"... That momentum has now been reversed.In recent weeks, rebel groups have been killing one another with increasing ferocity, losing ground on the battlefield and alienating the very citizens they say they want to liberate. At the same time, the United States and other Western powers that have called for Mr. Assad to step down have shown new reluctance to provide the rebels with badly needed weapons...
“If the revolution continues like this, the people will revolt against us,” said a rebel commander from the central city of Homs, where Mr. Assad’s forces have made gains in recent days....“If a regular Syrian comes and asks me what we have given him, I don’t know what to say,” Ahmed said.
Throughout the more than two years of fighting, the military prowess on both sides has been heavily linked to the reliability of their international backers. Mr. Assad has received continuous military and financial support from Russia and Iran as well as added muscle on the battlefield from Hezbollah, the Lebanese militant group and political party. While he has come to rely more heavily on local militias, the clear command structure of the army and Mr. Assad’s status as a unifying figurehead have kept his forces together.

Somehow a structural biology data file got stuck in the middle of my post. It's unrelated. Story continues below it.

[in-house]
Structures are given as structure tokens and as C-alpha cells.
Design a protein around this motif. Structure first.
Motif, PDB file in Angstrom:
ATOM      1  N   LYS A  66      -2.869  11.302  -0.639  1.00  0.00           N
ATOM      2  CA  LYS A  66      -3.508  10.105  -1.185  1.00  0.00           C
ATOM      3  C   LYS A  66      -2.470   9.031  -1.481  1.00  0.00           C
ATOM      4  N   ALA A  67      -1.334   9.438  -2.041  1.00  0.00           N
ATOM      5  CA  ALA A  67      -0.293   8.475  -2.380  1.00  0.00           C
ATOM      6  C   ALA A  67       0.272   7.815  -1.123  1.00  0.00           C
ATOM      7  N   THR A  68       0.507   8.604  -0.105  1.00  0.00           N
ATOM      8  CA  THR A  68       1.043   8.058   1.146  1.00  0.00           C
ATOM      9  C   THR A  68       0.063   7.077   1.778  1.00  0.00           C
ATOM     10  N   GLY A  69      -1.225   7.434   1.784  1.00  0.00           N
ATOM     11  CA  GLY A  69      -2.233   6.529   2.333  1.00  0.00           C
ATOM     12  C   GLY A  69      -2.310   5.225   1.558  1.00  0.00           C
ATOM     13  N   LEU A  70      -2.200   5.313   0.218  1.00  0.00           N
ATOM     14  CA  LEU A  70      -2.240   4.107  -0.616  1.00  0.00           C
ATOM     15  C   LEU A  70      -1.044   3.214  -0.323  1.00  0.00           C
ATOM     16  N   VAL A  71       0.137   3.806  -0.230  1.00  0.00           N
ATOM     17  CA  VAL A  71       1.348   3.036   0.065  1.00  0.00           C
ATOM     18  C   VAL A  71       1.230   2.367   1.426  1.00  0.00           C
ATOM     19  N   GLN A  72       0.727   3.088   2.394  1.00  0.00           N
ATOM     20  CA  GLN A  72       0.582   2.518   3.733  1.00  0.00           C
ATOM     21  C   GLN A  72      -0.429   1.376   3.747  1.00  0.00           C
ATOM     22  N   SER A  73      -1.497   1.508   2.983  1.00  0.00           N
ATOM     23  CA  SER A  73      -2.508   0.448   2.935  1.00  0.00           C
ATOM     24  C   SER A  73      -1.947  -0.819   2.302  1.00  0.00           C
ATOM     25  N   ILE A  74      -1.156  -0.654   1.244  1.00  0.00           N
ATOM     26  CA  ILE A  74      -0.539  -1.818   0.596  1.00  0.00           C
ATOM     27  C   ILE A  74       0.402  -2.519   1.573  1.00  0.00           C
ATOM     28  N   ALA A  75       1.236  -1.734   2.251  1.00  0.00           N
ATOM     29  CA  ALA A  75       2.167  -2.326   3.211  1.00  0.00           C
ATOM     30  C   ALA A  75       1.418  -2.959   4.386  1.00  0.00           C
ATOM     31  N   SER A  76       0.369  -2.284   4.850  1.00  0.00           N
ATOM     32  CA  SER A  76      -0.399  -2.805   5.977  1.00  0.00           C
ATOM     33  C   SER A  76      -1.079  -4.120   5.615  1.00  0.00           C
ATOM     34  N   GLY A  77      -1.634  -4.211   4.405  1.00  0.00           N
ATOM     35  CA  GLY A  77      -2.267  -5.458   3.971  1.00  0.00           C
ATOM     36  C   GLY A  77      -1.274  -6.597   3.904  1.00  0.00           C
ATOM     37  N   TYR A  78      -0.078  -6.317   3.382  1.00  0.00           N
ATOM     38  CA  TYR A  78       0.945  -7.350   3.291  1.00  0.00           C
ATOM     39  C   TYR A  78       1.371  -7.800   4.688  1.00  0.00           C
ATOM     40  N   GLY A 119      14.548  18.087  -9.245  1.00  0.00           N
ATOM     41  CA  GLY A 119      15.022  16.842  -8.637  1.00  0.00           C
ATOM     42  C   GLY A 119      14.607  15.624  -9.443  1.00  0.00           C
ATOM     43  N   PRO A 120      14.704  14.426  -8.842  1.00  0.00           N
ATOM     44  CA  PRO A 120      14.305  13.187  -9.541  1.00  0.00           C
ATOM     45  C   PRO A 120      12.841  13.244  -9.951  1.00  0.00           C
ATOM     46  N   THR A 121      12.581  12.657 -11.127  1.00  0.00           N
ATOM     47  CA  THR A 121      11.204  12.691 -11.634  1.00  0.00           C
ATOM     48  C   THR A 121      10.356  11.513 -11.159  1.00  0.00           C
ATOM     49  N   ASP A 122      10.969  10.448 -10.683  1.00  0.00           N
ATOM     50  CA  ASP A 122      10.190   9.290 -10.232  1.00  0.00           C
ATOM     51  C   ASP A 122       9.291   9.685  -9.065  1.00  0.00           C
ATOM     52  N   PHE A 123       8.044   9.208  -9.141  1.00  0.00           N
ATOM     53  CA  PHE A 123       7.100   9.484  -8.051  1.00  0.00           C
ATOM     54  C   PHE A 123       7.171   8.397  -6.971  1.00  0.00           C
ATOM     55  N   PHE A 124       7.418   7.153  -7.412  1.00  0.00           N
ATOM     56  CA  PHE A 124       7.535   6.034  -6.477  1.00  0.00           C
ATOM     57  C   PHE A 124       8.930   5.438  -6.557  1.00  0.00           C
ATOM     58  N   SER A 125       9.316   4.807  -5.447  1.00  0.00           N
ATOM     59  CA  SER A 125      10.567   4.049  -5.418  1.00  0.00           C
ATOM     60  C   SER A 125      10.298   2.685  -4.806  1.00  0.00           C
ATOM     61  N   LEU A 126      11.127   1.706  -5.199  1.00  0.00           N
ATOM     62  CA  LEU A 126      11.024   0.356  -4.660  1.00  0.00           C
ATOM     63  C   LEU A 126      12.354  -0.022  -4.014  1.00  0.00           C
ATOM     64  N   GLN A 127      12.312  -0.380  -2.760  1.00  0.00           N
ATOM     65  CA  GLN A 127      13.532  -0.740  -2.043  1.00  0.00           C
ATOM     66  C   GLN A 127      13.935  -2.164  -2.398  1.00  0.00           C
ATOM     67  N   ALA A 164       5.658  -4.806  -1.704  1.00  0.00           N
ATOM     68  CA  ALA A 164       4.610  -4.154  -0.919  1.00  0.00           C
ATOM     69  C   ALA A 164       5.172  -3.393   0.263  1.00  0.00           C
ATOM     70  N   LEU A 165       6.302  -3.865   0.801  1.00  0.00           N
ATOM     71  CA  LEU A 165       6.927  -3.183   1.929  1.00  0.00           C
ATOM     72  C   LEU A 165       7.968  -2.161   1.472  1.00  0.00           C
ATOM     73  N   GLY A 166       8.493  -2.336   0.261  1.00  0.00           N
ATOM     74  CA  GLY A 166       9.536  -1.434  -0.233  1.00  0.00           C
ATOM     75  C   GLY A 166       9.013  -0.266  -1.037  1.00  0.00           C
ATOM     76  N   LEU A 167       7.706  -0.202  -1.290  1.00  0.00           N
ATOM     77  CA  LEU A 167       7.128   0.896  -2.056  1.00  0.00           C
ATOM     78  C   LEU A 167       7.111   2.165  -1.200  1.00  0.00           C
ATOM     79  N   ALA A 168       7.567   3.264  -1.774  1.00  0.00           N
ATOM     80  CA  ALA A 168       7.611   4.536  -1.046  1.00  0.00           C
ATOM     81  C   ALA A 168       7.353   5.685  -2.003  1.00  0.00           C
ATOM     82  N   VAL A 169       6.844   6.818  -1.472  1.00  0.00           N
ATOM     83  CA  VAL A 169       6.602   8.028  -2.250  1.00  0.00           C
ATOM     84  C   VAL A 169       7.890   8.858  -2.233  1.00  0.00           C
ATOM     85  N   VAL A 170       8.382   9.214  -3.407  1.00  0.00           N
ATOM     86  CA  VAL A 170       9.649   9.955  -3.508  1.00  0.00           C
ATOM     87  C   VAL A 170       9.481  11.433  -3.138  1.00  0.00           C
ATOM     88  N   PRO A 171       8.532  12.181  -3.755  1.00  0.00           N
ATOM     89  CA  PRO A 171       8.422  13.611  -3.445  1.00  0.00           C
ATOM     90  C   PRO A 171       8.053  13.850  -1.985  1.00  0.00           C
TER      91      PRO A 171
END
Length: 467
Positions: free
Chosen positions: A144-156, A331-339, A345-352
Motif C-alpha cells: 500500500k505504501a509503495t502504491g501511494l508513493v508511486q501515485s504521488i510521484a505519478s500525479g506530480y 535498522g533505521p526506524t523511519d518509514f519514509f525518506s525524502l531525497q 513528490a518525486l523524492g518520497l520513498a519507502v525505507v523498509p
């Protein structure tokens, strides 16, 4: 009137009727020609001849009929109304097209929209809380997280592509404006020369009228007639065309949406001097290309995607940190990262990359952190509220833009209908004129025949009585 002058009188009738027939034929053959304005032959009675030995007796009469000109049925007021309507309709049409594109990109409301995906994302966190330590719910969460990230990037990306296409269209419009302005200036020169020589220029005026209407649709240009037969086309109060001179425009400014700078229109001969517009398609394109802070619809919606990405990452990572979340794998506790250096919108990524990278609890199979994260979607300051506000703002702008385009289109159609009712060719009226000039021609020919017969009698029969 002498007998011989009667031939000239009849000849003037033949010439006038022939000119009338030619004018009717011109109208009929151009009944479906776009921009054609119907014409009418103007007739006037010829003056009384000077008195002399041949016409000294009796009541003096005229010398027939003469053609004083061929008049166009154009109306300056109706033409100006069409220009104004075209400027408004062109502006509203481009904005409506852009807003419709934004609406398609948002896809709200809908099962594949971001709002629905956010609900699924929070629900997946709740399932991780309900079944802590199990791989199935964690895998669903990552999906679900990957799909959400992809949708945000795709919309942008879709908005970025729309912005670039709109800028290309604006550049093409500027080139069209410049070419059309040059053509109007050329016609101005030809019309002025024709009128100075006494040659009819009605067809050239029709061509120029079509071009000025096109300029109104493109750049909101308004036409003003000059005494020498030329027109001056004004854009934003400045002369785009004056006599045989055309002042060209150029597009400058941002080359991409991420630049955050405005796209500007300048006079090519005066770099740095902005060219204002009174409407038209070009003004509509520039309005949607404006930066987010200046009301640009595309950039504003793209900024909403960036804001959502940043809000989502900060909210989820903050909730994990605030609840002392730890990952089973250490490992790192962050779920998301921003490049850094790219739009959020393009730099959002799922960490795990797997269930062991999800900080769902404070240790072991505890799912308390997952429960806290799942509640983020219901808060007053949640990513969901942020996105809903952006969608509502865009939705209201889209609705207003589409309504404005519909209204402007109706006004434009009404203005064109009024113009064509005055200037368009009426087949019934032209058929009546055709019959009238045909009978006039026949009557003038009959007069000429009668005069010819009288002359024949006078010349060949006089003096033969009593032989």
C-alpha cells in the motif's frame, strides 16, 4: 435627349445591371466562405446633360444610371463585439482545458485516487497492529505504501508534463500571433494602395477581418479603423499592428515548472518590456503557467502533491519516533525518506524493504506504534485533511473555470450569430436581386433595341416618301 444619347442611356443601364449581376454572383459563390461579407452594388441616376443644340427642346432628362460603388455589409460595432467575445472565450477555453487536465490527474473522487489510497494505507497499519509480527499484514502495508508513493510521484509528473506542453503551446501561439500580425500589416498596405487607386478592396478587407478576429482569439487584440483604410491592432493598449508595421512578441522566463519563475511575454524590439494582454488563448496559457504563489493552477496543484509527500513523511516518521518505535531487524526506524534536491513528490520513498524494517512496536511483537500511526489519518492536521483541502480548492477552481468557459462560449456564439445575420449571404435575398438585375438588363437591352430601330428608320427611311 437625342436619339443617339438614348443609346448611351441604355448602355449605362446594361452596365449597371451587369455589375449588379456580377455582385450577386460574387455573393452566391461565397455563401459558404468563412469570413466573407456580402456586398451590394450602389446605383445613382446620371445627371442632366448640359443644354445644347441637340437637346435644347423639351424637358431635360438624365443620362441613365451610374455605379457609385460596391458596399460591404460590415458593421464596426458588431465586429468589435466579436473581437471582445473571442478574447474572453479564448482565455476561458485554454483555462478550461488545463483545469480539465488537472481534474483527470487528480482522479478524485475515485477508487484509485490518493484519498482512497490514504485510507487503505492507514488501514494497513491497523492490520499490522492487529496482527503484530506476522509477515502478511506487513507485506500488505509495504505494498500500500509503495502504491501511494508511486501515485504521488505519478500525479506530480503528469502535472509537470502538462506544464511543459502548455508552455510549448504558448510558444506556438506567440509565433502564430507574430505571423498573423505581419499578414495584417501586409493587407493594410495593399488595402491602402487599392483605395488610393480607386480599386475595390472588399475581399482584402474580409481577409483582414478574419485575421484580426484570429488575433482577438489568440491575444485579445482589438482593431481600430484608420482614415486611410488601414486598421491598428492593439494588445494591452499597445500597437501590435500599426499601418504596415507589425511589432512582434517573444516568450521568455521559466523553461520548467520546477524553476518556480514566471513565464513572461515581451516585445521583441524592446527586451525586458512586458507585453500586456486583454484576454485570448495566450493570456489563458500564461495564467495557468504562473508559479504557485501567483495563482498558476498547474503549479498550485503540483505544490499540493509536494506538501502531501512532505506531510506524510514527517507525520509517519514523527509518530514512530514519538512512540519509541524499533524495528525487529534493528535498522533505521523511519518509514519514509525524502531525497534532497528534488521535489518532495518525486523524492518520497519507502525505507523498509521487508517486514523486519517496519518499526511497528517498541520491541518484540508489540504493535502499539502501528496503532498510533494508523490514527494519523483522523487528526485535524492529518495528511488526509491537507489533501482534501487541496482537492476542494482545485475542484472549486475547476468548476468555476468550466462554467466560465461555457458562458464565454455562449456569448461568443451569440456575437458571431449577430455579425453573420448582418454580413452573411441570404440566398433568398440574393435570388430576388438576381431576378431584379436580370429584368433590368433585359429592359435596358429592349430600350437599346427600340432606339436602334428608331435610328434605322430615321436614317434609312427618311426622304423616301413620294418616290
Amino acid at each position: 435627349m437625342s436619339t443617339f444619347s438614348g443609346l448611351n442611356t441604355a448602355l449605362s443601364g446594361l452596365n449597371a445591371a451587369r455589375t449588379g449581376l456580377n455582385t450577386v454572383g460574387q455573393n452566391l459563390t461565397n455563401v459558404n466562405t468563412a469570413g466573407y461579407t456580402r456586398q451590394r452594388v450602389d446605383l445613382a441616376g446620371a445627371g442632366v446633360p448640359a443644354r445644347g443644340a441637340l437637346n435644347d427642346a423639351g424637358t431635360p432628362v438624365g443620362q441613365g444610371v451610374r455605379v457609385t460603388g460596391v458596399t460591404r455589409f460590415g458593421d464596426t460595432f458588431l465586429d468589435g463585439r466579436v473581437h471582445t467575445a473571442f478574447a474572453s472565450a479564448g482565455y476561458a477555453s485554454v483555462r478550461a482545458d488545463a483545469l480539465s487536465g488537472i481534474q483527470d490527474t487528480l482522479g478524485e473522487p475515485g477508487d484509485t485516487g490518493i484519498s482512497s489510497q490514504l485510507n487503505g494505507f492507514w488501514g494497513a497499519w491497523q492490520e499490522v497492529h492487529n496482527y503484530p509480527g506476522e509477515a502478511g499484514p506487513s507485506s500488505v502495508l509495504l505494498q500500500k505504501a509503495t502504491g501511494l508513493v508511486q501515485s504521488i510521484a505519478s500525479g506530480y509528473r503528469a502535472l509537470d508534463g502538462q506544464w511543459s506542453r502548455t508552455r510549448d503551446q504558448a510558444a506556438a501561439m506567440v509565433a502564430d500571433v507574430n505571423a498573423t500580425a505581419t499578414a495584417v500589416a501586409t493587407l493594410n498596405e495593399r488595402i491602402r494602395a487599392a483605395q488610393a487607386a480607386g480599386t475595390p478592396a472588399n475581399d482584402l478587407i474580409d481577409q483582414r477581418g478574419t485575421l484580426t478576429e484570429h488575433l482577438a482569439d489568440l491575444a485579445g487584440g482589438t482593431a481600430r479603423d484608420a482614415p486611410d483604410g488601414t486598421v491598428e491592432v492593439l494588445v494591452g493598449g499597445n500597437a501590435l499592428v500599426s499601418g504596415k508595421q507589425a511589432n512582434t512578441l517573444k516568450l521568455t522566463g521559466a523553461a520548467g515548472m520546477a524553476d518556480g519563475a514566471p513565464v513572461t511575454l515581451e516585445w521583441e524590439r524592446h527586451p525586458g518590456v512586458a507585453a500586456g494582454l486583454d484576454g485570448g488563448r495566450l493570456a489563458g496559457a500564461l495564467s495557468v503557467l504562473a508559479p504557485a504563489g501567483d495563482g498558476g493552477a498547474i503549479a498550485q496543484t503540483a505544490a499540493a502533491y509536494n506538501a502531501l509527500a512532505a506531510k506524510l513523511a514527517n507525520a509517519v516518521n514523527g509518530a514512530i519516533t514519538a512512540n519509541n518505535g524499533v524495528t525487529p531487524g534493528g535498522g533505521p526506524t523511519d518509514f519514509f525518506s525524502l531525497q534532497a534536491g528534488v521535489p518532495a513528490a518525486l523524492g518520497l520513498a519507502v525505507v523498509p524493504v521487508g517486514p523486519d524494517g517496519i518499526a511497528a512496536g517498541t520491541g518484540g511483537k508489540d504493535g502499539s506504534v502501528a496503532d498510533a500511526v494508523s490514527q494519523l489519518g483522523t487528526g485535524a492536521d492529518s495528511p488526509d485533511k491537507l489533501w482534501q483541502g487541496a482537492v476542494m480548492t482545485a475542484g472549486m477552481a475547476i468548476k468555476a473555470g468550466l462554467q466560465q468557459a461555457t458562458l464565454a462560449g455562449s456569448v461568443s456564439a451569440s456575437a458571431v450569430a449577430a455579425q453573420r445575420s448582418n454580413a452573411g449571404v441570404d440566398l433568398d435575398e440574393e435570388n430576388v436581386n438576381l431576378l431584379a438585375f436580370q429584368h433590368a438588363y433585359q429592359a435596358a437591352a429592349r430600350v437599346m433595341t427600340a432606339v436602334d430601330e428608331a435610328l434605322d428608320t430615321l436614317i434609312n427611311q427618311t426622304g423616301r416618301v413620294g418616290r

Meanwhile, the many rebel groups have had to compete for irregular bursts of support from Saudi Arabia, Qatar and a range of private funders, each with its own ideological interests. This has exacerbated tensions among the rebel groups, as a win for one is seen as a loss for others. .."